So whether you’re presenting to a group of coworkers around a conference room table or to a thousand strangers in a ballroom, there are at least six questions you must ask in order to understand your audience and their needs.
1. Who Are They?
If you’re speaking at a conference, review the attendees list, talk to the organizers — maybe even interview a few audience members.
And even if it’s an audience you already feel familiar with — coworkers, for instance — you need to get a deeper understanding of them beyond their names and job titles:
- How do they like to receive information?
- Are they big picture people or detail-oriented?
- Are they impatient or relaxed?
- What are their hot buttons?
A client of mine said that whenever he meets with a certain colleague he knows the first question will always be about budget. That’s the hot-button issue. So he starts every presentation with an assurance that his idea has been cleared with the financial people.
2. What Do They Want?
It’s inevitable when I sit down with clients at the beginning of the speechwriting process, they start by saying, “This is what I want to tell them” or “This is what they need to know.” My reply is always, “Before we talk about what you want, I want to know what they want.” Because if we don’t address that, we’re dead in the water.
You have to find a bridge between your goals and your audience’s needs.
3. What Do You Have in Common?
Locating that bridge often involves figuring out what you have in common. What are the cultural or emotional touchstones that bring you together?
For an internal audience, it might be pride in the company’s heritage or reputation or loyalty to customers or coworkers. If you’re talking to customers, it could be love for the product or the desire for a simple, efficient experience.
And if you’re speaking to the public, you can draw on ties to the community or the desire to create a better place for your children.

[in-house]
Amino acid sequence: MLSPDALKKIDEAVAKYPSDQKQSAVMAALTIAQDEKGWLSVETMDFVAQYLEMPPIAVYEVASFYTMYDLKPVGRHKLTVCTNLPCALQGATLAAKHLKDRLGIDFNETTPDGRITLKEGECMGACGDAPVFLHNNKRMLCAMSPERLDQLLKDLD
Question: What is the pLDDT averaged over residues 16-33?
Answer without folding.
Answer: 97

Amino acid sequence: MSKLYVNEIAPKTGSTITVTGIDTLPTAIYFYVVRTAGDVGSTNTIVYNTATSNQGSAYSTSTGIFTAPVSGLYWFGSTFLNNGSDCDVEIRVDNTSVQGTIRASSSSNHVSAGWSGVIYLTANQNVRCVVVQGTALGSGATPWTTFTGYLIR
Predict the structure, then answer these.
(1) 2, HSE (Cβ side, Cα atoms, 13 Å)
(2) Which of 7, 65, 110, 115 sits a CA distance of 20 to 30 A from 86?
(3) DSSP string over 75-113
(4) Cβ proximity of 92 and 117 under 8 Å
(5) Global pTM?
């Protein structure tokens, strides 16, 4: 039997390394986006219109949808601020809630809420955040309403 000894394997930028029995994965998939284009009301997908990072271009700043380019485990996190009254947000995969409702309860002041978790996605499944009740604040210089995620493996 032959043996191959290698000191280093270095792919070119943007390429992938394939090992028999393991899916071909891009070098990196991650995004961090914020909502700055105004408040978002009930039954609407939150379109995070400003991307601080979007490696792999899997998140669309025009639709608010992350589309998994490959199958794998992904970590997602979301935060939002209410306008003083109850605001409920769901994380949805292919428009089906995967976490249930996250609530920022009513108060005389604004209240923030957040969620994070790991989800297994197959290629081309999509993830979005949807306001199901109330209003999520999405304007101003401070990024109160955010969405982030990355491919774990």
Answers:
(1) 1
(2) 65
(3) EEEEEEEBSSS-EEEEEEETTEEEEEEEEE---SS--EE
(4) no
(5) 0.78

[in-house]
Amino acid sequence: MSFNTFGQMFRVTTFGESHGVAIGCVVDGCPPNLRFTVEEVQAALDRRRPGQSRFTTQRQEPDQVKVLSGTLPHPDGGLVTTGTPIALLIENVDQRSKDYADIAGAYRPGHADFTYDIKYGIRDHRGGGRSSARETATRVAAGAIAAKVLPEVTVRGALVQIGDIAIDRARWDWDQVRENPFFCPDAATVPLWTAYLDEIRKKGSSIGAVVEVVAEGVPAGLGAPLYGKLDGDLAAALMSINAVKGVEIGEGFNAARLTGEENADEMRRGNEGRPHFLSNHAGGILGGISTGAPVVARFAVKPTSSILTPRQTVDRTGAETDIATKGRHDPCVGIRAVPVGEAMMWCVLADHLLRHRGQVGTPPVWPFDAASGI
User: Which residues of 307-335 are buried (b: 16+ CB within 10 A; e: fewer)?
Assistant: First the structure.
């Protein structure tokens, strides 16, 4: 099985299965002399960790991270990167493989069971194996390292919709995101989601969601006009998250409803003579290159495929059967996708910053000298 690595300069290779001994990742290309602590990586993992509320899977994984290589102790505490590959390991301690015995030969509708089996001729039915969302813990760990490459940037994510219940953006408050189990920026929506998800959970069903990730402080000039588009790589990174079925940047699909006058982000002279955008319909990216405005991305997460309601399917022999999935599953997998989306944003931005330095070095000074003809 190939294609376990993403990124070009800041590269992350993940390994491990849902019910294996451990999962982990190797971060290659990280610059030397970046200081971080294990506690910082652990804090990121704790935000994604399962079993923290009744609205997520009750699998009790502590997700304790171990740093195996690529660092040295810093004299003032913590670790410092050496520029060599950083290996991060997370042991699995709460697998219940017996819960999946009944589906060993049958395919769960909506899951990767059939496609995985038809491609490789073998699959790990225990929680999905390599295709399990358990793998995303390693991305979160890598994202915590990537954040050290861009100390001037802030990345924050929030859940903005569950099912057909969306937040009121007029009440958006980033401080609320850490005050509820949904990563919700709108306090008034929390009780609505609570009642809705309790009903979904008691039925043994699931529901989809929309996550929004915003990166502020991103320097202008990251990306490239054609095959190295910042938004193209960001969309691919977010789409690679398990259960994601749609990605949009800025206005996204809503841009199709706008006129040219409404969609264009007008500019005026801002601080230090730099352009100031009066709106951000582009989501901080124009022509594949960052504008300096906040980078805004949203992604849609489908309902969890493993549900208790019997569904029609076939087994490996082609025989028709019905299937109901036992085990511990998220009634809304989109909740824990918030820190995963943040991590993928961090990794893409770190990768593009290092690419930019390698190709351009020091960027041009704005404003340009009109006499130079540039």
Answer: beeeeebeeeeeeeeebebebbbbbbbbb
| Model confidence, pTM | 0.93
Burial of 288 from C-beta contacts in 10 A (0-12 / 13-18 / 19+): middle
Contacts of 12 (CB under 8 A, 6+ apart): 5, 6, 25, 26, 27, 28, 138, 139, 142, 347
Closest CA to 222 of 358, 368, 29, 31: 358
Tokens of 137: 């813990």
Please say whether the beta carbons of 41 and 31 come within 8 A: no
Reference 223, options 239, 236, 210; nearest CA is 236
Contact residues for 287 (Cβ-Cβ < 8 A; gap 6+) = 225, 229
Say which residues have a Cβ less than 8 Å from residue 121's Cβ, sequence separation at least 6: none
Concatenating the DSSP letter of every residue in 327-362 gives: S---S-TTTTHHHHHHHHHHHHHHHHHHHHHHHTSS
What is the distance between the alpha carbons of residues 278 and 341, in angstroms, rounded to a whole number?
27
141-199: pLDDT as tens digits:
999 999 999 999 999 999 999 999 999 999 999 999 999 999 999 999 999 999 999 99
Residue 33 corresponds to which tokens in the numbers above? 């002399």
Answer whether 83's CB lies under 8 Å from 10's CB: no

4. What Do They Know?
Too often, speakers either talk down to their audience or over their heads. So on one hand, we tend to tell people a bunch of stuff they already know. That’s epitomized by the lengthy situation analysis, designed to assure people that we’ve heard everything they told us. A little context is helpful, but too much insults the audience’s intelligence and wastes everyone’s time.
At the opposite end is the tendency to cling to jargon, acronyms, technical terms and other insider language.
Few things are more annoying than a speaker who hasn’t tuned his remarks to the audience’s knowledge level. All it takes is spending a few moments inside their heads.
5. What is Their Mood?
Are they angry, skeptical, impatient, frustrated? Their mood shapes the tone of what you say. And if your remarks are tone deaf, you will lose your audience from the outset.
I’ve seen this time and again. A community is outraged, and instead of offering understanding, a spokesman comes out with a message heavy on analysis and legalese. Or an employee group is fearful and angry and instead of offering reassurance, an executive comes out in “cheerleader” mode. “Hey, everybody, who’s psyched about the future?”
There may be no quicker way to forfeit your credibility with an audience than trying to “push” the mood this way. Instead, try to meet them where they are, show some empathy, and bring them along with you.
6. What are Their Doubts, Fears and Misperceptions?
As you put together your presentation, think through every possible objection, every flaw in your argument, every hole in your logic. Be prepared to defend your ideas and even bring up those objections on your own.
This is a major point of pushback with executives. They’ll say they don’t want to “dwell on the negative” or get “stuck in the past.” They want to be positive and move forward.
But there’s a huge difference between wallowing around in the negative and simply acknowledging it and pivoting to the positive. Audiences need to hear that you understand their concerns, that you care about them and that you plan to do something about it.
By simply ignoring the elephant in the room, you’ll appear out of touch.
Understanding Your Audience Brings Confidence
When people discuss their fear of public speaking, they often talk in terms of having to “get up and talk in front of a bunch of strangers.” But I believe if you do your homework, your audience will feel less like strangers and more like allies.
By the way, failure to understand your audience if one of the 11 Deadly Presentation Sins I cover in my book. If you haven’t checked it out, it’s available in multiple forms — print, ebook and audiobook — from multiple sources.